Call the Midwife is back for a sixth season Sundays at 7 p.m., through May 21. Read the Vanderbilt University School of Nursing guest blog each Monday morning for historical and contemporary context about the previous night’s episode. SPOILER ALERT: Some posts may contain spoilers.
By Michelle Collins
Vanderbilt University School of Nursing
One of my favorite things about Call the Midwife is the voice-overs from Call the Midwife memoirist Jennifer Worth at the beginning and end of each episode, delivered as only Vanessa Redgrave can. As Valerie Dyer (Jennifer Kirby), prepares to assume her duties as the newest Nonnatus House midwife in this episode, her mother beams with pride as she makes last-minute adjustments to her daughter’s uniform.
Over this opening scene we hear Worth’s words: “Bringing up children is not simple. From the moment the midwife cuts the cord, a mother’s task is to nurture and cherish, to shelter and protect. Even as she does so she must teach the child to leave her; train it at first to let go of her hand to walk unaided and then to walk away. But there is a cord that nothing can sever; the invisible bond that ties the mother to the infant which endures when the child is a child no more.”
Attending births as a midwife is a privilege – there’s absolutely no question about that. Witnessing the entrance of new life is an honor beyond measure. But what is equally joyful is being present for the birth of mothers, because at every birth a mother is also born. I am constantly amazed and transfixed watching women labor and give birth, many of whom have never dreamed that every strength they could need in childbirth would be found deep inside them at the precise moment it is needed.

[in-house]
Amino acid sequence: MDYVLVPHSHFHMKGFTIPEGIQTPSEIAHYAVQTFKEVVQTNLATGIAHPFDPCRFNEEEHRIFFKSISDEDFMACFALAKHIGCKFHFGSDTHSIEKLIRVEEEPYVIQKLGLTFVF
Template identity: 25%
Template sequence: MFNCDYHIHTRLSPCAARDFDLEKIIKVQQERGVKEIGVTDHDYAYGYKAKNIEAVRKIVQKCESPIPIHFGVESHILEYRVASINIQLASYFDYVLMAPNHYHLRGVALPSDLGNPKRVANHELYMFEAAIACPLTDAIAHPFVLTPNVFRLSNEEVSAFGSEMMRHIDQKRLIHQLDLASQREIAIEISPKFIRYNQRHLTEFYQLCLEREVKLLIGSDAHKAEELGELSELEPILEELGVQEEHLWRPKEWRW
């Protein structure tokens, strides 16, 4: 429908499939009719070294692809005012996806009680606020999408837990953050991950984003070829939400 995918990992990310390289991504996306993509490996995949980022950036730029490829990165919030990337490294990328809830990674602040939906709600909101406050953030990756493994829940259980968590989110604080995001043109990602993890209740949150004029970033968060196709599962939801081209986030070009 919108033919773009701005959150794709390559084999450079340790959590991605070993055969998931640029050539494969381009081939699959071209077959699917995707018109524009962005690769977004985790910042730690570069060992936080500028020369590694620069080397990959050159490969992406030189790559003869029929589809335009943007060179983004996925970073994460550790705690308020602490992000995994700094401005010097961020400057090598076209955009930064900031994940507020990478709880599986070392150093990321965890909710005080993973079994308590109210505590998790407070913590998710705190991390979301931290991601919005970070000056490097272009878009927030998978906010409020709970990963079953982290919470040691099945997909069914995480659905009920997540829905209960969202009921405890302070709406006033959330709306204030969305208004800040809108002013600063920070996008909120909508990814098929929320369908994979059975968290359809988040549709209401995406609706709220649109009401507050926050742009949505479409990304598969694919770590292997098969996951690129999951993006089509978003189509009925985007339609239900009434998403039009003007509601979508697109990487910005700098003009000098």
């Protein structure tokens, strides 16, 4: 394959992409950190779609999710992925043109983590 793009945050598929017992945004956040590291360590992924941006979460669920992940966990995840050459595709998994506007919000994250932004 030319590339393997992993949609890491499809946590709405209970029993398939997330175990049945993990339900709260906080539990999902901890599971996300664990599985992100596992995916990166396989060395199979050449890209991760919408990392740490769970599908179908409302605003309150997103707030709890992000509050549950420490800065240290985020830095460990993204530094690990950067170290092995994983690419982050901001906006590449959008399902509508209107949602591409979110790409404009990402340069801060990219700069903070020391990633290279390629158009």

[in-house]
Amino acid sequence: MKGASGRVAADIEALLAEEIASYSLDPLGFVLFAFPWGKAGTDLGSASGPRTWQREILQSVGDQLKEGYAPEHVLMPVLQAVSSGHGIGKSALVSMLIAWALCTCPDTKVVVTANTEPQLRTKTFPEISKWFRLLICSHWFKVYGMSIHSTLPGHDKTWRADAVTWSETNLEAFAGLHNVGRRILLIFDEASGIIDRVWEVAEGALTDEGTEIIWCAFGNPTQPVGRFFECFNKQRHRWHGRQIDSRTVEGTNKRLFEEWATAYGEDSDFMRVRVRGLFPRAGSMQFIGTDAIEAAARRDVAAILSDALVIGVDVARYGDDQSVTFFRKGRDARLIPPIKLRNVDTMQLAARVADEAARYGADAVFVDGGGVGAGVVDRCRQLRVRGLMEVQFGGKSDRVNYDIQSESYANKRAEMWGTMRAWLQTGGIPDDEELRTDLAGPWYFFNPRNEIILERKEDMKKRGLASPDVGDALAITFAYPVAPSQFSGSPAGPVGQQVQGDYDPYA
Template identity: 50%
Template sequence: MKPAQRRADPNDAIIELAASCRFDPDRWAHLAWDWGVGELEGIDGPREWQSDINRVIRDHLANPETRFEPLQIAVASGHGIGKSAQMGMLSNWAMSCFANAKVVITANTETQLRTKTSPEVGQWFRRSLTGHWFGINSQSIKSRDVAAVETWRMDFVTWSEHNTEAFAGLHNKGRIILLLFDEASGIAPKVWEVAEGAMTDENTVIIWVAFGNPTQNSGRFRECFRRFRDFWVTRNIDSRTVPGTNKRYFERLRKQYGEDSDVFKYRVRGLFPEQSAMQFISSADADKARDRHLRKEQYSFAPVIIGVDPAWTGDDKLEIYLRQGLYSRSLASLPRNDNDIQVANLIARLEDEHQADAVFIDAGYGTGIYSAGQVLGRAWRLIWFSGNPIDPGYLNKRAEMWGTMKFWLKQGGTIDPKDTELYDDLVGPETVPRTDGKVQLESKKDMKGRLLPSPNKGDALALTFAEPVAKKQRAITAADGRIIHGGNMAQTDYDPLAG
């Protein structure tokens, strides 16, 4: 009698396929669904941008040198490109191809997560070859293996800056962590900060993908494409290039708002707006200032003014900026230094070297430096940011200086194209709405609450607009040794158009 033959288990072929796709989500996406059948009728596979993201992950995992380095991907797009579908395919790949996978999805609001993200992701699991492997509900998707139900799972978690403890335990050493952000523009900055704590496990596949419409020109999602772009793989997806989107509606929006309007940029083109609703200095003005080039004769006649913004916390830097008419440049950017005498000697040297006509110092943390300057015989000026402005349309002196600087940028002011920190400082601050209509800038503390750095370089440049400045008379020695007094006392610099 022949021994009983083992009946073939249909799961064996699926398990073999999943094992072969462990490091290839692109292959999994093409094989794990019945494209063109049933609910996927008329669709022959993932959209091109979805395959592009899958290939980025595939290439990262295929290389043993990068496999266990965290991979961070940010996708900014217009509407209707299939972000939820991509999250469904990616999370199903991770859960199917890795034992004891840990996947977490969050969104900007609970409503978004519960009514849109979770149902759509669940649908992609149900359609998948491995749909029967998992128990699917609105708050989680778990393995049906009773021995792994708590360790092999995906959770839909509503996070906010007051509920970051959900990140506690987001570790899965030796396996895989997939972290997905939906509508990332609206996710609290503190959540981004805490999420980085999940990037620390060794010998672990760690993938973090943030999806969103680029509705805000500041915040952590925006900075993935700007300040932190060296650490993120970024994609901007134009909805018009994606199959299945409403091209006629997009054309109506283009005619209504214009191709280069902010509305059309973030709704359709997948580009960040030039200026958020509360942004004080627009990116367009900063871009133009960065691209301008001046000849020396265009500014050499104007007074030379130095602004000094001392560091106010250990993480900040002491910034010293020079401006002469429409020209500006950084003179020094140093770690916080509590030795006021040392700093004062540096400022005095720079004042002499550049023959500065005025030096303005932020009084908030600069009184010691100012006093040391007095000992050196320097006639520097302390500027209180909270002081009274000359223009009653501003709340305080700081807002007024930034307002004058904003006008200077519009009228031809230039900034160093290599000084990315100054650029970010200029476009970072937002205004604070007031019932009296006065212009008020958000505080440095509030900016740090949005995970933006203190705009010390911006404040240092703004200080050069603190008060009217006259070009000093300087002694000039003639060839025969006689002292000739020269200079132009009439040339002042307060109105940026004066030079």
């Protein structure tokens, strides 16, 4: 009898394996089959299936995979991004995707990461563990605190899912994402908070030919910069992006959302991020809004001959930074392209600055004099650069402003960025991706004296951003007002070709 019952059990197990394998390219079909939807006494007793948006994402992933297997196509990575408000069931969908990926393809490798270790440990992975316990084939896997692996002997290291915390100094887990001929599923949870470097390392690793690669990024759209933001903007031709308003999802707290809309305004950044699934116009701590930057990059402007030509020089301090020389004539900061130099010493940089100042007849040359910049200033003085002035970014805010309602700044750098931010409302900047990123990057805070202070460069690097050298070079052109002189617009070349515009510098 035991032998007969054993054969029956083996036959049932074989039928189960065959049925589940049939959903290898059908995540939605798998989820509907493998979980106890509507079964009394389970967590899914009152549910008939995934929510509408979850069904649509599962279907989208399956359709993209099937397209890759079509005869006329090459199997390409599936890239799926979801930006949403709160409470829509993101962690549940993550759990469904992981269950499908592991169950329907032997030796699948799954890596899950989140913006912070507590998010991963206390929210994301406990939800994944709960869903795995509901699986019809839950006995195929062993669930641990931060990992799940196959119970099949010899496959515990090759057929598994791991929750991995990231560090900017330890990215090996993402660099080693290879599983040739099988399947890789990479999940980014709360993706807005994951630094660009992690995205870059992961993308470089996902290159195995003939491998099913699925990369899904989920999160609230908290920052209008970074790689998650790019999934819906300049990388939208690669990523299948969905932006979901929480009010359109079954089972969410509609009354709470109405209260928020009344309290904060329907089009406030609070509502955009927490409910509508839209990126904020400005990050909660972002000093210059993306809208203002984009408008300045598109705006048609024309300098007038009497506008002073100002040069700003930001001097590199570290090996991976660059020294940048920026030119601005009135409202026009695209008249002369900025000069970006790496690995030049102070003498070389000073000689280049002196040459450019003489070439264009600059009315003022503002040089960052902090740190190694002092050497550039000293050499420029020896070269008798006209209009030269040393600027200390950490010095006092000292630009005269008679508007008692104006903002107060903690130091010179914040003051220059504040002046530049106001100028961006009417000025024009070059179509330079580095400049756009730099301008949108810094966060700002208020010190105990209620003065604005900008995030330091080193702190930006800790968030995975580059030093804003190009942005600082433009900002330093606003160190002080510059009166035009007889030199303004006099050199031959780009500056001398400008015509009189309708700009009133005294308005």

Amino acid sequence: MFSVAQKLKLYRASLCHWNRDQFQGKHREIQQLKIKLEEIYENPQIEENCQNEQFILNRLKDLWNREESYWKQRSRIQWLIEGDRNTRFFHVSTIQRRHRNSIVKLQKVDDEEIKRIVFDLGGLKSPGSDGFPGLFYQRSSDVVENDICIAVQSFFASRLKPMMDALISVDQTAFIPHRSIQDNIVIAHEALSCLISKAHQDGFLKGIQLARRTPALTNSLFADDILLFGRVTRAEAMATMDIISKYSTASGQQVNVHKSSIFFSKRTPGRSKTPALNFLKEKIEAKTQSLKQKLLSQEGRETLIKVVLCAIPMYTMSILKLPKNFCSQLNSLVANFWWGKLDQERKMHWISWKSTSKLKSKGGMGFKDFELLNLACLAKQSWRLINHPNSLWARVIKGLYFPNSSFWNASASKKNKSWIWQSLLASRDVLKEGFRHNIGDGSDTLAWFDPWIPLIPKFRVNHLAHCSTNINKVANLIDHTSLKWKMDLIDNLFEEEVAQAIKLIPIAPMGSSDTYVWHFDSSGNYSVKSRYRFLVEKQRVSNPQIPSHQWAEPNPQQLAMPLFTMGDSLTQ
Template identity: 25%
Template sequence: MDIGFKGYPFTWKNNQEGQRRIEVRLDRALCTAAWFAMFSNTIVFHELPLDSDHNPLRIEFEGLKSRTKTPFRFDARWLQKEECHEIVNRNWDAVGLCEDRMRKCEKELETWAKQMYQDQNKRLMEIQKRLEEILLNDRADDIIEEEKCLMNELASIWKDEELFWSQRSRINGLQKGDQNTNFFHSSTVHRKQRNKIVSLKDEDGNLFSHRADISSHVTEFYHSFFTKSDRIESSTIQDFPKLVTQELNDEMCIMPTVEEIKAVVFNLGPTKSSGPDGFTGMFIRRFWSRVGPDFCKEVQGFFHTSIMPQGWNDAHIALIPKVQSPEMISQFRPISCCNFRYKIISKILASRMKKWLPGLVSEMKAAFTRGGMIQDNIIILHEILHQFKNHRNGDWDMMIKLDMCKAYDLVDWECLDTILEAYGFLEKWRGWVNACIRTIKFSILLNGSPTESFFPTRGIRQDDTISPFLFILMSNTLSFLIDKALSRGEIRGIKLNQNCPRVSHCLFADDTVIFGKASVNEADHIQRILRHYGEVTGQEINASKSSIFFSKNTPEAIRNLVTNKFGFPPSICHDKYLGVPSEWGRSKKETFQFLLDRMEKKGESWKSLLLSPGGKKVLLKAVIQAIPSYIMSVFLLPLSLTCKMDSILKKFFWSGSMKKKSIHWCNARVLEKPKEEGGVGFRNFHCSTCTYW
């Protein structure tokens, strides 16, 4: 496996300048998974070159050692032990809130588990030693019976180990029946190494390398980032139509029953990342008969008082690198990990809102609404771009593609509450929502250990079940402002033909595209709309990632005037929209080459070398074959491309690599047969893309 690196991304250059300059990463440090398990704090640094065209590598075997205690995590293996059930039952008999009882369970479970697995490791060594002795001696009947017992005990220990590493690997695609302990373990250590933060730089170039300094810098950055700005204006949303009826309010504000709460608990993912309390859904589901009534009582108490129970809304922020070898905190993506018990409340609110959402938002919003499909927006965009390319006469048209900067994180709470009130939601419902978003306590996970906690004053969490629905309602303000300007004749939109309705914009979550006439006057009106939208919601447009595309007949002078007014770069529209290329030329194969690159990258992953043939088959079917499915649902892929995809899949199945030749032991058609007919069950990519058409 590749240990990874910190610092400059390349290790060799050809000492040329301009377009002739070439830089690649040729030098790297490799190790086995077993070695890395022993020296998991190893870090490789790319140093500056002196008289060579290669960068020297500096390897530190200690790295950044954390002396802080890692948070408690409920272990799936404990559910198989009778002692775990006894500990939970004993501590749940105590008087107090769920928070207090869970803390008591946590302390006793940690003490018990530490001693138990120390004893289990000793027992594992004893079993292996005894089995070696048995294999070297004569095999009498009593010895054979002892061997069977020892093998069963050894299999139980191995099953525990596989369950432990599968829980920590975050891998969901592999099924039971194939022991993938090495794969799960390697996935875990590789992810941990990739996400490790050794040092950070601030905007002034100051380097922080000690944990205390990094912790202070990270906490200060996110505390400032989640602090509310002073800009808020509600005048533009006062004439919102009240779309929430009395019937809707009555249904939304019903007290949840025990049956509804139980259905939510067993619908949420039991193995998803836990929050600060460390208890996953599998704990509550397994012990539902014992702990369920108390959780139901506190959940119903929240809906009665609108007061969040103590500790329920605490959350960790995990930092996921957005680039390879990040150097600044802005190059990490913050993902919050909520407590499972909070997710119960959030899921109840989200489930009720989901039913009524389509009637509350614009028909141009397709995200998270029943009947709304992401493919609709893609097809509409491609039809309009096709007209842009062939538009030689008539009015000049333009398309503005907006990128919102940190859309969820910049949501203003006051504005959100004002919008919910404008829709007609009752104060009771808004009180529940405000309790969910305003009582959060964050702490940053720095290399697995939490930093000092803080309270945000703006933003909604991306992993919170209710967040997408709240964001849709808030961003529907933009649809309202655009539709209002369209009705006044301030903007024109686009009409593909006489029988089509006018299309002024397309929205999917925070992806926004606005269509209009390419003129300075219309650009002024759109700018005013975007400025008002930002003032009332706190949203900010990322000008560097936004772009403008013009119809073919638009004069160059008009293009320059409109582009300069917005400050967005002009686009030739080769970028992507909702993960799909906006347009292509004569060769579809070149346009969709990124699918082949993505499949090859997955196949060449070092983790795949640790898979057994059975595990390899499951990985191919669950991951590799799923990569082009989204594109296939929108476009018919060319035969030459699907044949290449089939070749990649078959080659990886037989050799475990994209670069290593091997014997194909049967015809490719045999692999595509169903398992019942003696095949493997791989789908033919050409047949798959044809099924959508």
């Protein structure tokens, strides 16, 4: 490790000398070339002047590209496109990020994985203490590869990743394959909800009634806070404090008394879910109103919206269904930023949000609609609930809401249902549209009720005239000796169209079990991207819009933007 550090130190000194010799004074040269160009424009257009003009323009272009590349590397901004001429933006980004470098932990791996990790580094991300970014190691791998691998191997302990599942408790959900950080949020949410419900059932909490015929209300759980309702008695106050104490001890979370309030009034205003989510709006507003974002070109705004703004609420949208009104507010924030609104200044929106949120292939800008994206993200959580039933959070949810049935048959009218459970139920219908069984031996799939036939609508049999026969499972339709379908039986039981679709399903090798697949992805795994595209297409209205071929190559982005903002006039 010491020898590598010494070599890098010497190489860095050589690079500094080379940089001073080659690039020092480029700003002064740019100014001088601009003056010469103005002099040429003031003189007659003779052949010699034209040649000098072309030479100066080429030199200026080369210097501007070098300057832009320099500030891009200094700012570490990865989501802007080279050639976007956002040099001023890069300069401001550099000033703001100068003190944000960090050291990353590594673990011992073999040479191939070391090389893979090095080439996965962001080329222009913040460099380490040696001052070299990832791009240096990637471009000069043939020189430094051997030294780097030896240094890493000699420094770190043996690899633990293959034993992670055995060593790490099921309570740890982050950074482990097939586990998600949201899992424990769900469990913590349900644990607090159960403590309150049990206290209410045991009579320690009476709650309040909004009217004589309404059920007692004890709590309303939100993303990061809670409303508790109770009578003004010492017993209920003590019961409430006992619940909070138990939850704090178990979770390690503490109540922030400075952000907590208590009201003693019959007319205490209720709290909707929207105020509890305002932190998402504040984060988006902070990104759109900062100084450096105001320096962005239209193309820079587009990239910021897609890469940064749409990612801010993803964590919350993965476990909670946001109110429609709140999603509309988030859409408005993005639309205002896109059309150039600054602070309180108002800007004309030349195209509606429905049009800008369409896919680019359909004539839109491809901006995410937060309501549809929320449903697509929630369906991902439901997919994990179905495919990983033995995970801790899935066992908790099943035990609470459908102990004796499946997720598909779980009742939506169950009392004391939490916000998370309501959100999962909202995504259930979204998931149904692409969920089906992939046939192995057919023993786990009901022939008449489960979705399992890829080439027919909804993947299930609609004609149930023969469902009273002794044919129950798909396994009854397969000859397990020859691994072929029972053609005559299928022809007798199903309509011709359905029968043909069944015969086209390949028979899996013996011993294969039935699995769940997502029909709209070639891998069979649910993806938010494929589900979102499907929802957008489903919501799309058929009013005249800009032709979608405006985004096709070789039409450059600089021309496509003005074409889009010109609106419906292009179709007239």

Physiologic processes ensue during childbirth that help “make” mothers and further the bond of mother to child – like the release of the hormones oxytocin and prolactin that literally facilitate the process of attachment between the two. Becoming a mother, however, is not simply a matter of physiology. Consider the adoptive mother who, just as a woman who has given birth, becomes a mother when her child is lain in her arms for the first time.
By the end of this episode, Fred and Violet Buckle (portrayed by Cliff Parisi and Annabelle Apsion), have become surrogate parents to Fred’s nephew, Reggie (Daniel Laurie), who has Down syndrome. As they reluctantly leave him to explore his newfound independence, we again hear the poignant words of midwife Jenny: “And so we let go of their hands but not their hearts; of the need to be needed but not the need to love. And however much it hurts, there is joy in that moment because of the unseen cord that binds us which will never break.”
Whether you are a mamma who has had your heartstrings tugged as you dropped off your baby at daycare on the first day or even tried to hold back a flood of emotions as you drove away from your college freshman for the first time – we all know exactly the significance of the “unseen cord” that midwife Jenny speaks of. Happy early Mother’s Day to all mothers everywhere! And to all of those mothers who have allowed me the privilege of witnessing their own “births into motherhood,” I thank you for inspiring me with your strength and amazing me with your grace as you transitioned from woman to mother.
Michelle Collins Ph.D., CNM, FACNM, FAAN is a Professor of Nursing and Director of the Nurse-Midwifery Program, at Vanderbilt University School of Nursing.